Wakeley Lake - Huron National Forest
Most of the people who know and visit Wakeley Lake are anglers looking for a quality fishing experience. Because of special regulations such as walk-in access, the lake has developed a loyal following of fishermen who stalk its waters for trophy bluegill, bass, and northern pike.
The same regulations that allow the lake to produce 12-inch bluegill also make the area surrounding it a hiker’s delight. Walk-in access means that there are no motor homes or off-road vehicles in this 2,000-acre tract of the Huron National Forest.
For trail users, including mountain bikers much of the year and backcountry skiers in the winter, Wakeley Lake Semi-Primitive Nonmotorized Area makes for a quiet outing around a scenic body of water, with a good chance of encountering a variety of wildlife. Birding is so good within the preserve that the Michigan Audubon Society maintains a daily field checklist at the trailhead. As many as 150 different species have been spotted in the area, including blue herons, bald eagles, and loons that nest on the lake.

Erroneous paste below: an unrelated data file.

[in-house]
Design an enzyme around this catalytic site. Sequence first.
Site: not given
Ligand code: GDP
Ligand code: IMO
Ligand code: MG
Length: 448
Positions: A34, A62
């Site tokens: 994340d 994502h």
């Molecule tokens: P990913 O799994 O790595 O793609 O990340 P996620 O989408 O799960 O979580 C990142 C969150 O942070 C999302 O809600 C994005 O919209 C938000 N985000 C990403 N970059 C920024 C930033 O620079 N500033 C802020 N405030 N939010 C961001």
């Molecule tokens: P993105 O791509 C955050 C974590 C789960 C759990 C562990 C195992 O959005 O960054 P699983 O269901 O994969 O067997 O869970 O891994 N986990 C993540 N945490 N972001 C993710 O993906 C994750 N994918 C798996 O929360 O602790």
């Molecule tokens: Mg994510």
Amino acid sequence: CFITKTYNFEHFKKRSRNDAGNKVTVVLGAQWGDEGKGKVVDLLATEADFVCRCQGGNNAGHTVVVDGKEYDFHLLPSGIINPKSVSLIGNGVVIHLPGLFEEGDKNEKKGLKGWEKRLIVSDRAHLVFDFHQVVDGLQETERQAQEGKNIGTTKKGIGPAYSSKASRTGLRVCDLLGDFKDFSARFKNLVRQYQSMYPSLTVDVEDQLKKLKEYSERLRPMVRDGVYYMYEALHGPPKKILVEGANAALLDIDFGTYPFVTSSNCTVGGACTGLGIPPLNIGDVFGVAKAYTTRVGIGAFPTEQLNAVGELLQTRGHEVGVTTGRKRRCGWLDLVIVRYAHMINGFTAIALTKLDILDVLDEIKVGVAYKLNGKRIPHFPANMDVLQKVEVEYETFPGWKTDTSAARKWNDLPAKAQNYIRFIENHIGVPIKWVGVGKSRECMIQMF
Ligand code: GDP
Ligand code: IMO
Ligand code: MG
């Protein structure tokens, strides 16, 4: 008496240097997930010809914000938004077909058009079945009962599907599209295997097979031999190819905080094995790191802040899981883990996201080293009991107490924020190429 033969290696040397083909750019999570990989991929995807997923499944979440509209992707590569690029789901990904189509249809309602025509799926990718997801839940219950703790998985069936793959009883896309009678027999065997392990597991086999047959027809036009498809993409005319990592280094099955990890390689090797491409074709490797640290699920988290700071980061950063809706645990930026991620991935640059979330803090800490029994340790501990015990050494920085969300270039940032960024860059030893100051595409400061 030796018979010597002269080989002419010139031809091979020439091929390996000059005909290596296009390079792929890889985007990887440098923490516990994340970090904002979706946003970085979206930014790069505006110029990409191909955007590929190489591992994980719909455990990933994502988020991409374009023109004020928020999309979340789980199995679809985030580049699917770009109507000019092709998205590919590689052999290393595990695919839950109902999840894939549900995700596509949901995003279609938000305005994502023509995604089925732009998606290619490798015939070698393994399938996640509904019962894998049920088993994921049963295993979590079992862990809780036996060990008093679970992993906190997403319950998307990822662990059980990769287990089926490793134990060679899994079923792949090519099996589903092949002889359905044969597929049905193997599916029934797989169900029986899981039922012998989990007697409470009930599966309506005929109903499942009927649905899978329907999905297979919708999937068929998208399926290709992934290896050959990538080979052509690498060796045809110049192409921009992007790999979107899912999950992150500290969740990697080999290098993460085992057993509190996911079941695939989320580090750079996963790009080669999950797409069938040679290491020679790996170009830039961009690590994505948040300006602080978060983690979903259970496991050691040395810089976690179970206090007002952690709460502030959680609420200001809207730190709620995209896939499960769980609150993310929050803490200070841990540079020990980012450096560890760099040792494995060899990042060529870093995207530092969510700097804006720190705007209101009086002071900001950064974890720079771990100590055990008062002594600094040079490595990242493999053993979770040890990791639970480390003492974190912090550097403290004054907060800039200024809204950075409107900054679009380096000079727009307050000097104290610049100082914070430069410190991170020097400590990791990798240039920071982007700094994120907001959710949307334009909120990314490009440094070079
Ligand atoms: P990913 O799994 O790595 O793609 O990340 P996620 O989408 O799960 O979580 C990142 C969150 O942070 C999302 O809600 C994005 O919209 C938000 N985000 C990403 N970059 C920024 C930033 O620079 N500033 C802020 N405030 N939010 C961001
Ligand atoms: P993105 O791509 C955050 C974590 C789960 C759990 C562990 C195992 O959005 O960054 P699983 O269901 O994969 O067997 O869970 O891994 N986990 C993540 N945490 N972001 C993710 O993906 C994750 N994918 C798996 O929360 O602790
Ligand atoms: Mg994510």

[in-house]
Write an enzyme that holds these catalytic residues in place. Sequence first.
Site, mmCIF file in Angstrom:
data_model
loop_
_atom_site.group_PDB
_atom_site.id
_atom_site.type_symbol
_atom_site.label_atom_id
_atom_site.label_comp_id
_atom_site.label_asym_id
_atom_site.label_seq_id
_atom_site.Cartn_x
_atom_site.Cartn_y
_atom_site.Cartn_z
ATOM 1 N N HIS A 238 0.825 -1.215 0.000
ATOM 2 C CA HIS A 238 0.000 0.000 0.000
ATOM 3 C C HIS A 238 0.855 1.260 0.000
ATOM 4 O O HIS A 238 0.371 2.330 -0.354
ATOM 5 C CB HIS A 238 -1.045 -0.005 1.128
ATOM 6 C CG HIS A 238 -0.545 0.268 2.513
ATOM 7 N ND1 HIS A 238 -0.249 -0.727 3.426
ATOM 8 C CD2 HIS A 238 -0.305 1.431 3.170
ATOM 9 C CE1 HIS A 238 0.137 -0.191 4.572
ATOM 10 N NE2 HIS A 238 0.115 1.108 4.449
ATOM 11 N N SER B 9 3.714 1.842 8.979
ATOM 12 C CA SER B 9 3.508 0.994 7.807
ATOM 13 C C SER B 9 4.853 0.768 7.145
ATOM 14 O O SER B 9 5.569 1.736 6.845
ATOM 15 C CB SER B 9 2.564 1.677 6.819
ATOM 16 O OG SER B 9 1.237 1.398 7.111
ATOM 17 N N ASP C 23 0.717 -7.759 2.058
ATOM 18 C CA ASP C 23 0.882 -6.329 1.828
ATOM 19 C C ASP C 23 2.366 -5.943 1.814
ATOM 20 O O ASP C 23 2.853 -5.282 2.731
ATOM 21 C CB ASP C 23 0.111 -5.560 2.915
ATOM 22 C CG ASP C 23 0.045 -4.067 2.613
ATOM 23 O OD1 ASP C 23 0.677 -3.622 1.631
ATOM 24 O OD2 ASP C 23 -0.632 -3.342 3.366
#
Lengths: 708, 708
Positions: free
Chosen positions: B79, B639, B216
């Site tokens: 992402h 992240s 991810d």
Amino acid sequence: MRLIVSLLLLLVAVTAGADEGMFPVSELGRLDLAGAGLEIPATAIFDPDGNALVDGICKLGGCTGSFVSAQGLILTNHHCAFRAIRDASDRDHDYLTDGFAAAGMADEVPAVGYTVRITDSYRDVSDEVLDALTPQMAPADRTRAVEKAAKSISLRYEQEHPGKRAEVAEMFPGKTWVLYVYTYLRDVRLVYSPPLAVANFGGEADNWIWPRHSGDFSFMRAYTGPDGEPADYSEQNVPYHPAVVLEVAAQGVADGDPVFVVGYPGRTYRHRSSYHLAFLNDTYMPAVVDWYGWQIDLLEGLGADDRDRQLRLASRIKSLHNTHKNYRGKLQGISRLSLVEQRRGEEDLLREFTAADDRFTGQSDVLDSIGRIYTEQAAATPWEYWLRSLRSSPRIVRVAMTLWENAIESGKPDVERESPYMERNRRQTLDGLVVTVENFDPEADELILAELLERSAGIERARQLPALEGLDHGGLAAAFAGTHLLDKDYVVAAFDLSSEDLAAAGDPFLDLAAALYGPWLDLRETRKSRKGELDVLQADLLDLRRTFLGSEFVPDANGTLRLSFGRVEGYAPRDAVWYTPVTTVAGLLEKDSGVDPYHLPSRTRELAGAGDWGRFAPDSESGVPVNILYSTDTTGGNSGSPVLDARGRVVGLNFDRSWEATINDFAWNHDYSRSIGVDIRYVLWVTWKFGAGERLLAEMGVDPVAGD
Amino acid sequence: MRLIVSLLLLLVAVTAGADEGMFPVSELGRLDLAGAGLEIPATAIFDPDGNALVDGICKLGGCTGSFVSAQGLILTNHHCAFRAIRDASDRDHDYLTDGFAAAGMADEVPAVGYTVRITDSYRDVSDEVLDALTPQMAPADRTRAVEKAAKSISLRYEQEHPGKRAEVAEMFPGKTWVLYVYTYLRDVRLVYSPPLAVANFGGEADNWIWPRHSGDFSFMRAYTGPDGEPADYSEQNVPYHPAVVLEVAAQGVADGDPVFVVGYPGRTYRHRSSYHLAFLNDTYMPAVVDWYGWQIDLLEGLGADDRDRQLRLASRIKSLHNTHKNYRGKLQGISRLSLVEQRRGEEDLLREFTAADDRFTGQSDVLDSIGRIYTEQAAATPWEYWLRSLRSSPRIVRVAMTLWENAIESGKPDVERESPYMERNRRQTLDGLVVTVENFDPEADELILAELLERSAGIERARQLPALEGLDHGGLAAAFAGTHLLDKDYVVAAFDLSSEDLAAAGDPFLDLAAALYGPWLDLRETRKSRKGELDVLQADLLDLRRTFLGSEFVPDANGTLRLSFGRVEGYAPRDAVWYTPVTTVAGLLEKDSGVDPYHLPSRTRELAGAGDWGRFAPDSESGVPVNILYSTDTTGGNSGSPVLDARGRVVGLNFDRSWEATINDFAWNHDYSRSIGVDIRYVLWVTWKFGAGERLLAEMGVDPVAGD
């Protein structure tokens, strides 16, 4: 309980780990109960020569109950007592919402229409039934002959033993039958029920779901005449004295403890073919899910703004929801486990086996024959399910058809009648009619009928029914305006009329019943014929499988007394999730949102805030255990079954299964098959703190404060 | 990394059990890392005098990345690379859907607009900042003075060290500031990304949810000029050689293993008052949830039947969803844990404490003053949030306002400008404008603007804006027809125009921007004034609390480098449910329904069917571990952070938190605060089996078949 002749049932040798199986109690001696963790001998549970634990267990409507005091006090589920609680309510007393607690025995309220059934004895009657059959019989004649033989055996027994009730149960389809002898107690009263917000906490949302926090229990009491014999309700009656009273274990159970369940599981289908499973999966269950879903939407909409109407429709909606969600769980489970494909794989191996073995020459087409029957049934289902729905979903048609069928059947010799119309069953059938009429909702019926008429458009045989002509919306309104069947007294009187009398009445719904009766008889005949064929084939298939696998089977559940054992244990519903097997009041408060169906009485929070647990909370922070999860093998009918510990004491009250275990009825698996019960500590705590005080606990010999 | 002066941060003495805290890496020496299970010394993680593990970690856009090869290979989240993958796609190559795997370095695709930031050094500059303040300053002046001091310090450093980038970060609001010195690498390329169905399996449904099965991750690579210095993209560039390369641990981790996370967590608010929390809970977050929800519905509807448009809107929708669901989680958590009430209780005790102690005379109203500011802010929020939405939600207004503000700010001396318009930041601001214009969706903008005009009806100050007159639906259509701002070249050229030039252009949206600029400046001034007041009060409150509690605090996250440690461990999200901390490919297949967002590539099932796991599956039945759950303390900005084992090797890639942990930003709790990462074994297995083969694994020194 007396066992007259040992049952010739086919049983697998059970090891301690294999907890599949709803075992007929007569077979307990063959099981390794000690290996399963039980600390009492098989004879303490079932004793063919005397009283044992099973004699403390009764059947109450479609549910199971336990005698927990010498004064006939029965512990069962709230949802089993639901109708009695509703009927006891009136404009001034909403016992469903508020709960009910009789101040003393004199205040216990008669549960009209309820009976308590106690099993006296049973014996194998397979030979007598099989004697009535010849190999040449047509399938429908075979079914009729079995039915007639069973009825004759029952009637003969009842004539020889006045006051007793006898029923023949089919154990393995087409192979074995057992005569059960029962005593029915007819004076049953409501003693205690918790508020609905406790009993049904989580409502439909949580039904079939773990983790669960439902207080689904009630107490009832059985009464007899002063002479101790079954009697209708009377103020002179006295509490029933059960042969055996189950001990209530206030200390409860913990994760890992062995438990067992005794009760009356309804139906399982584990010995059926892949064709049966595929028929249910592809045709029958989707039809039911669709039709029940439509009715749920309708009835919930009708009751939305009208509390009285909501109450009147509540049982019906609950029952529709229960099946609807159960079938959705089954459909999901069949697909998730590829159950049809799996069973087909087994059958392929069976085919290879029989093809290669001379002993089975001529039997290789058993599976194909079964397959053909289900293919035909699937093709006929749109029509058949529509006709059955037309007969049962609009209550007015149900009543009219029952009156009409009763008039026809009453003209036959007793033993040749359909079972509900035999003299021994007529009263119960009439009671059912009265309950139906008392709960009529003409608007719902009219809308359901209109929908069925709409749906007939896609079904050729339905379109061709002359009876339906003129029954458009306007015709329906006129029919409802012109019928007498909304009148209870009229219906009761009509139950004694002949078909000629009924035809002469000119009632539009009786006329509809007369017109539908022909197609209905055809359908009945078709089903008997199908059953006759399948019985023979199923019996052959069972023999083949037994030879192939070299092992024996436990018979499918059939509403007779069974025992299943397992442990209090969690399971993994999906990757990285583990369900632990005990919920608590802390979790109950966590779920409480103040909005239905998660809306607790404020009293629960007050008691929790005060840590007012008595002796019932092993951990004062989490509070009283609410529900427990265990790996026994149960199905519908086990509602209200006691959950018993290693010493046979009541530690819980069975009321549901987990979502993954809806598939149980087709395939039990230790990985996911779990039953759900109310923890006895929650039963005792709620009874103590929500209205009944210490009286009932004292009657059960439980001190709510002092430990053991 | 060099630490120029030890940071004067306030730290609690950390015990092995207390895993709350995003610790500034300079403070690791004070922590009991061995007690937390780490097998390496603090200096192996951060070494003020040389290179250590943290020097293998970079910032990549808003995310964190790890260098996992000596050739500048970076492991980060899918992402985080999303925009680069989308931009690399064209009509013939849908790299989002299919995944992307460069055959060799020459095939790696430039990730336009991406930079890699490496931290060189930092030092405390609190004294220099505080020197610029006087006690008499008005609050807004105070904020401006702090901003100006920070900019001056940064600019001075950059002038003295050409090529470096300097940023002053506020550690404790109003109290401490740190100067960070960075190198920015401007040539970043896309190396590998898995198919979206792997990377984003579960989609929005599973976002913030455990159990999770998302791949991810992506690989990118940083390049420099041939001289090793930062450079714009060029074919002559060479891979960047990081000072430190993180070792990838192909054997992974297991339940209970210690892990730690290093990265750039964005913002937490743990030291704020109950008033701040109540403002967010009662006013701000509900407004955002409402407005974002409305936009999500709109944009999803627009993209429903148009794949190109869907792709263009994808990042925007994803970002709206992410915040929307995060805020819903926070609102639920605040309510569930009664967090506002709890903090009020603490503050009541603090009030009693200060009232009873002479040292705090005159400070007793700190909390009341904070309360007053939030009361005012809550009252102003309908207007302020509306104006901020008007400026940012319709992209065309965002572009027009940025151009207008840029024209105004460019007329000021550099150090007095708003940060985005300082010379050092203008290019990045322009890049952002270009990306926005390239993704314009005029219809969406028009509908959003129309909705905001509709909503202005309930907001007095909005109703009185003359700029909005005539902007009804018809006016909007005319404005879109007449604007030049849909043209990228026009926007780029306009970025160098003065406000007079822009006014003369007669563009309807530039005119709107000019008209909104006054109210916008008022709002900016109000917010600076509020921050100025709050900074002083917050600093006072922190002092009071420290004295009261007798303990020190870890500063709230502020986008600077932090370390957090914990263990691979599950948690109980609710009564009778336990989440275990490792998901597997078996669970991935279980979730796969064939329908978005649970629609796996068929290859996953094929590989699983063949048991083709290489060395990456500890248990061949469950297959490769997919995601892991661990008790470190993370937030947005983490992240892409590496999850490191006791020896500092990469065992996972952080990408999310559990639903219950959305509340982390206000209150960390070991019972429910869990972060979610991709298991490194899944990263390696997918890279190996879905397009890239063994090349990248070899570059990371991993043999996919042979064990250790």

The area is laced with old logging roads and two-track forest roads, but an 8.5-mile network of trails has been marked. The most scenic walk by far are the trails that skirt the lake, occasionally referred to as the lakeshore or inner loop. This 3.9-mile trek begins and ends at the trailhead off M-72 and follows almost the entire shoreline of the lake where you can enjoy good views of the water.
Camping is allowed anywhere in the tract as long as you’re at least 200 feet from the shore but there are five walk-in campsites overlooking the lake. Haul in a tent and sleeping bag and Wakeley Lake makes a wonderful weekend escape of fishing and hiking.
The fishing season on Wakeley is from June 15 to August 31. The fishery is good not only because of the walk-in access, but also because of other strict regulations. Only artificial lures can be used, and there is a no-kill, catch-and-release regulation for all fish caught in the lake regardless of species or size.
Part of hike described here also crosses a loon nesting area and is closed to the public from Feb. 1 to July 15. The area is well posted, and, if you are walking the trail at that time, signs point out the Wakeley Alternative Trail, a route that by passes the closure. The detour adds 1.6 miles to the hike.
|Difficulty - Easy|
|Mountain Bike Single Track|